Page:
Dailing says he hopes people leave the tour a little angry, a little more skeptical, but ultimately more aware of the extent to which corruption shaped Chicago and Illinois. “I don’t want people to leave this thinking it’s a hopeless situation,” Dailing says. “We know these stories because these people failed. The patronage system has been whittled down from the height of where it was, same with the Chicago Outfit. People are wising up that TIFs are bad politics.”

Political satire shows like The Daily Show with Trevor Noah, Last Week Tonight with John Oliver, and Full Frontal with Samantha Bee are popular even though they point out sad-but-true aspects of the way the world works. With that in mind, Dailing hopes people enjoy the tour but also are upset enough to get more involved with local political processes.

“I do want people to be pissed off and to want to do something about it,” he says. “I also want people to have a different Chicago experience. It’s OK to marvel at how tall the Sears Tower is, but we have more to talk about here.

“And screw all the romanticizing of Al Capone. We don’t need an unhinged gangster killer on T-shirts.”

Thanks to Benjamin Feldheim.

Friday, September 09, 2005

Federal agents armed with warrant raid Melrose Park police station

Federal agents armed with a search warrant raided the police station in suburban Melrose Park on Thursday, an FBI spokesman said.

"We did have several agents there this morning," FBI spokesman Ross Rice said. The raid, he said, was part of an ongoing investigation but he declined to give details. He also declined to say what the agents were looking for and what, if anything, they found. "No arrests have been made and no charges have been filed," he said.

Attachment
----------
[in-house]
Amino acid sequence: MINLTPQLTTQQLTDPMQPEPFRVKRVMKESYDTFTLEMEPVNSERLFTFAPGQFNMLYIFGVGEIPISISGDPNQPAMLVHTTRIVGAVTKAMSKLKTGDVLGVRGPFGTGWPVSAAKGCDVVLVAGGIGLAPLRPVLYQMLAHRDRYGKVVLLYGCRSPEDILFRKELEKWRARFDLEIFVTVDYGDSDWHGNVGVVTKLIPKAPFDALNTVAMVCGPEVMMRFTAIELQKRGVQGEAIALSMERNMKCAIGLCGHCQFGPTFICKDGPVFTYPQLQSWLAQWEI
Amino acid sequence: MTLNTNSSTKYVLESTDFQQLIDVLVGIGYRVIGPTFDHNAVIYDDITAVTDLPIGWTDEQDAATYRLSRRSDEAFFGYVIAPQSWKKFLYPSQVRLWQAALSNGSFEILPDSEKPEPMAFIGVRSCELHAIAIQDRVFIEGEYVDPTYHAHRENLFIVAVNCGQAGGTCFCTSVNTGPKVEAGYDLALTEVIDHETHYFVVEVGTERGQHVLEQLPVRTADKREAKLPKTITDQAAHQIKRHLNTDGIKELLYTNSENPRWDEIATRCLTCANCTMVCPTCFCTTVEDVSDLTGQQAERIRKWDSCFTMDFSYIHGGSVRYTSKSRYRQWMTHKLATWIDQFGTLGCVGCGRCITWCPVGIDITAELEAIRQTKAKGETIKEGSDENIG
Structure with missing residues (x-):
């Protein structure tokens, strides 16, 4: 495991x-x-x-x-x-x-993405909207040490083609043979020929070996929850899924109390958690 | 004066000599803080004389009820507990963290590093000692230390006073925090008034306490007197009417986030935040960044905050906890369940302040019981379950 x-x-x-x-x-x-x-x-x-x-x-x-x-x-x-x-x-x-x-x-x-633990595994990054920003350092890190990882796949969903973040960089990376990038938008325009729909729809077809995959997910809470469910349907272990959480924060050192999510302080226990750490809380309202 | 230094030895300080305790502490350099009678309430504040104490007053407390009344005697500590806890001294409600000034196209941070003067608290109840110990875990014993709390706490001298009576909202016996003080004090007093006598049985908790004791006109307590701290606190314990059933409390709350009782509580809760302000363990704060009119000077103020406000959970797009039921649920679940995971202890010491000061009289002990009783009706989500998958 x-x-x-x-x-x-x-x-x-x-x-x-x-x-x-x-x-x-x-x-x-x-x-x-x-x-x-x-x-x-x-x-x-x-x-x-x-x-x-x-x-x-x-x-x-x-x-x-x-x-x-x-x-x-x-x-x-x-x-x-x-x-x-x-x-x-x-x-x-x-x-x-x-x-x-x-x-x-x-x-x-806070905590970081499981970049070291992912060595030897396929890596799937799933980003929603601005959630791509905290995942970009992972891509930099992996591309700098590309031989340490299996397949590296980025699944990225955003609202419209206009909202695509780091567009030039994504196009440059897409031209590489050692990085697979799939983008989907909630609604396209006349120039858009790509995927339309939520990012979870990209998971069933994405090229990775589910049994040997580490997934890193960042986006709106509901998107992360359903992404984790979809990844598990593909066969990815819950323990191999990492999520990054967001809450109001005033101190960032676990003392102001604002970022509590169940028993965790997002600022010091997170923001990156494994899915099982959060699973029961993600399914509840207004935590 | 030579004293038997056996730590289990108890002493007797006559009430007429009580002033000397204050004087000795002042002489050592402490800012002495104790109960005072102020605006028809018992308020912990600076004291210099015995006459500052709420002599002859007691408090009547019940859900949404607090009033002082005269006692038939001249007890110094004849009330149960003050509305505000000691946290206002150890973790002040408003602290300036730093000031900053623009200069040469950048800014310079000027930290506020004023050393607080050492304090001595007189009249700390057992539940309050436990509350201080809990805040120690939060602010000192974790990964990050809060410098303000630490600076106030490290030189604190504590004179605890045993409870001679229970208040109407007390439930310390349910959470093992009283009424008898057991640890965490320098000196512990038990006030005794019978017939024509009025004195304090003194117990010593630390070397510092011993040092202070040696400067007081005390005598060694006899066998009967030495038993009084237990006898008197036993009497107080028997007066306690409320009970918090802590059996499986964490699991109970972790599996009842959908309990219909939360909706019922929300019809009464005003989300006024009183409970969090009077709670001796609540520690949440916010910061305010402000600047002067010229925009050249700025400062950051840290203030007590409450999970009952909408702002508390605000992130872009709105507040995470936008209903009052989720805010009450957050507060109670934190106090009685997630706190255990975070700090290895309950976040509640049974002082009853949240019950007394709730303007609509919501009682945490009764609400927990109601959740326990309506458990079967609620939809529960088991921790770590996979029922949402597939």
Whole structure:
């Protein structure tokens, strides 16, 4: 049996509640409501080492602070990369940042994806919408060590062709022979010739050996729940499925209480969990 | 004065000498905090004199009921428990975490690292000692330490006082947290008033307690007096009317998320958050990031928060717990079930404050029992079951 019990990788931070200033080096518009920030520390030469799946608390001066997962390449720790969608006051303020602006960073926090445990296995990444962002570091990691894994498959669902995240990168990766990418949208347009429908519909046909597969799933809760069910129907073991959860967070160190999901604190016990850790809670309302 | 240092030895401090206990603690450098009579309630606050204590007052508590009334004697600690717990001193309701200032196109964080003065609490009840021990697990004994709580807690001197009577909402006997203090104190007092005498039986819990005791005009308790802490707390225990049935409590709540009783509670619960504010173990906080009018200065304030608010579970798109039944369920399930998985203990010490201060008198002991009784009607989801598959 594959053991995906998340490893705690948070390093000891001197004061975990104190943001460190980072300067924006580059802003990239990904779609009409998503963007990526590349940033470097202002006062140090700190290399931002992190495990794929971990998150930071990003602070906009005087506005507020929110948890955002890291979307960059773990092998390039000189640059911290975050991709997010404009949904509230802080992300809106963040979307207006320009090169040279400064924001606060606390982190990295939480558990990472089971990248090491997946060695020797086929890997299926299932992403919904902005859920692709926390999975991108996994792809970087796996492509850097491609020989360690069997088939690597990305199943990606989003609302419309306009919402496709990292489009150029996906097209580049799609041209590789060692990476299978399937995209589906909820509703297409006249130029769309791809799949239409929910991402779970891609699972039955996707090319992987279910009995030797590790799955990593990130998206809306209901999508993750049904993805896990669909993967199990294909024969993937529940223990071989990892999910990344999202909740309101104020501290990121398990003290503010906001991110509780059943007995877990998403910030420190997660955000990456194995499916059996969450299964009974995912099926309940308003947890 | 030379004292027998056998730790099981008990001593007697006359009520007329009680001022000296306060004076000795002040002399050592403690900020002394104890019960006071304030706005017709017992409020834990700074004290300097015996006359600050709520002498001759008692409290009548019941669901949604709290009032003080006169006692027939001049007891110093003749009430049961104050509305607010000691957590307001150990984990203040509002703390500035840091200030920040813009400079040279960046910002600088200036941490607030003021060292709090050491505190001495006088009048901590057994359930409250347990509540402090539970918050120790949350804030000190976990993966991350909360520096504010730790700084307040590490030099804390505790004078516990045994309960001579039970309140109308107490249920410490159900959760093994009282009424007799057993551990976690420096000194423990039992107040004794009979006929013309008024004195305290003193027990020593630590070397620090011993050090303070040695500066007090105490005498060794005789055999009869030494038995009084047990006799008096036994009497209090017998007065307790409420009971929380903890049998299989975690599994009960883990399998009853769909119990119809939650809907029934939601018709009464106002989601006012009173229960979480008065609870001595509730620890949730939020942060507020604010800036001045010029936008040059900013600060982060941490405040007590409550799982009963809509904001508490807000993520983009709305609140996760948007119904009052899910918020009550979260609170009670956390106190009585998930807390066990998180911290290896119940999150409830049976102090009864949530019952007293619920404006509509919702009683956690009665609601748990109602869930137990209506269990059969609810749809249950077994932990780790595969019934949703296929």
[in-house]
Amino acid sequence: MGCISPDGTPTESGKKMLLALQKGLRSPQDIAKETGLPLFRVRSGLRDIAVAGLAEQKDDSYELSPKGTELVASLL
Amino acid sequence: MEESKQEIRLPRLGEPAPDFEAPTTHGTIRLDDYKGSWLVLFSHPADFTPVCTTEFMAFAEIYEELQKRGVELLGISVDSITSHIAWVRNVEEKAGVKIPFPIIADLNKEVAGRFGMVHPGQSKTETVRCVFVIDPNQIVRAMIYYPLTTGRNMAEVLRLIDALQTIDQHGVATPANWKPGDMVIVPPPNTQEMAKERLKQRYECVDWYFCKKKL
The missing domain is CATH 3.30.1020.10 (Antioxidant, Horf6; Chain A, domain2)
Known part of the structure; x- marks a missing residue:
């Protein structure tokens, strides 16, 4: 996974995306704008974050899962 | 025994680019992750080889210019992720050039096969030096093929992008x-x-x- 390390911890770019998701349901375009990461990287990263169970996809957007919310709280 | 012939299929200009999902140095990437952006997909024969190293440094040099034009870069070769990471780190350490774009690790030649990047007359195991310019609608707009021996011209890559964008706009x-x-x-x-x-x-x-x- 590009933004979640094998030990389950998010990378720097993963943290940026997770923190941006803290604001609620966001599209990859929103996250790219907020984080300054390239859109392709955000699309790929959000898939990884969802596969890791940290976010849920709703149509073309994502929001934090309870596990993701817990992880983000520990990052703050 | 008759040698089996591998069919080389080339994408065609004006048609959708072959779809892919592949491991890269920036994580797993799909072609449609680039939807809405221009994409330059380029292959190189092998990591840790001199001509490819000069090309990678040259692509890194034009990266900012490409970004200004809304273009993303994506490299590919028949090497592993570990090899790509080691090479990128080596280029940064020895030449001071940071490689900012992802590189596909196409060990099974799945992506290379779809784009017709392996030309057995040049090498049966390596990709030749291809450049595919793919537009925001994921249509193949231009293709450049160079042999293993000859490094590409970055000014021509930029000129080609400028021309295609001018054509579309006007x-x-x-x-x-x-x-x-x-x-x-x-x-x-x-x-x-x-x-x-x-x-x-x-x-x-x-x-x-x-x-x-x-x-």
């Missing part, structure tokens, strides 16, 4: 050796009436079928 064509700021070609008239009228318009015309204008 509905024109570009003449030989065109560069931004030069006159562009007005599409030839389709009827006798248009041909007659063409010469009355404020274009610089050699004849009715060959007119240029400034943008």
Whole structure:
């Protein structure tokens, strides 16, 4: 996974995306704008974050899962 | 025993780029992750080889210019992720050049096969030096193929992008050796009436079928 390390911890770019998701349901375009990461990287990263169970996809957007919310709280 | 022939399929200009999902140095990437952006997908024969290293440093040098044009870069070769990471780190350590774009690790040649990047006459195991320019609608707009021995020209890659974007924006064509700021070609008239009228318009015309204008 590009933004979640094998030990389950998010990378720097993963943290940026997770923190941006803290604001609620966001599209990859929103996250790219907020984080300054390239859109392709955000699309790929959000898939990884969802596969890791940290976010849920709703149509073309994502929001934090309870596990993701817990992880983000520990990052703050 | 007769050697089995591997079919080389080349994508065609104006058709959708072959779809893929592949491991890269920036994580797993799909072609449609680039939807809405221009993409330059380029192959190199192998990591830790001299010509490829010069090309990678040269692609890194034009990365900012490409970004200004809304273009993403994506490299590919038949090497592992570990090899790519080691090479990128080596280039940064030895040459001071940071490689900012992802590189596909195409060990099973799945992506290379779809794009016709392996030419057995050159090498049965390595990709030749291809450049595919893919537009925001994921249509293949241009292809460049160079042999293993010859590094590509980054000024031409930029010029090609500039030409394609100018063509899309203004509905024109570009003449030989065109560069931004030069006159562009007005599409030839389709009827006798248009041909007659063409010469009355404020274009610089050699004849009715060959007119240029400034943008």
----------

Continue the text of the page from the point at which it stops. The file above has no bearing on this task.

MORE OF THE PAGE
U.S. attorney spokesman Randall Samborn declined to comment.

A woman who answered the phone at the west suburban police station said that Chief Vito Scavo and his lieutenants were not immediately available to answer questions. The suburb has figured in a number of high-profile criminal cases in recent years. Former Melrose Park Mayor C. Augustus Taddeo pleaded guilty in 1999 to extortion and tax fraud and was sentenced to 27 months in federal prison.

In recent years, a federal investigation of illegal electronic gambling devices controlled by the mob found that many were installed in Melrose Park taverns and strip joints. And the FBI said recently that the mob has a street crew based in the suburb. The suburb was also the site of the first raid by federal agents in October 1998 on an Illinois drivers license testing station operated by then-Secretary of State George Ryan's office. It was the beginning of the Operation Safe Road investigation of bribes exchanged for drivers licenses and political corruption in the Ryan era.

Friday, May 06, 2005

Casino hearing expected to call reputed mobster

Reputed Chicago Outfit boss John "No Nose" DiFronzo and his brother, Peter DiFronzo, will be among those called to testify at a state hearing on whether to revoke the state gambling license once destined for Rosemont, Illinois Gaming Board sources said Thursday.

Robert CooleyWhen Corruption Was King: How I Helped the Mob Rule Chicago, Then Brought the Outfit Down--the corrupt lawyer turned government informant who testified in mob cases involving the nexus between the Outfit and politicians--is also expected to be called as a witness. Cooley is the author of the book "When Corruption Was King: How I Helped the Mob Rule Chicago, Then Brought the Outfit Down."

The new head of the Gaming Board said he's looking forward to the hearing but isn't talking about who will testify. "I'd rather not comment on that, because I think it's up to the lawyers to conduct the case as they see it," Chairman Aaron Jaffe told me in a telephone interview. "But I will promise you this. It will be very interesting."

What he didn't say is important here. He didn't say they weren't going to subpoena the tough guys. He didn't say that the DiFronzos and others would not be called. He could have. But he didn't.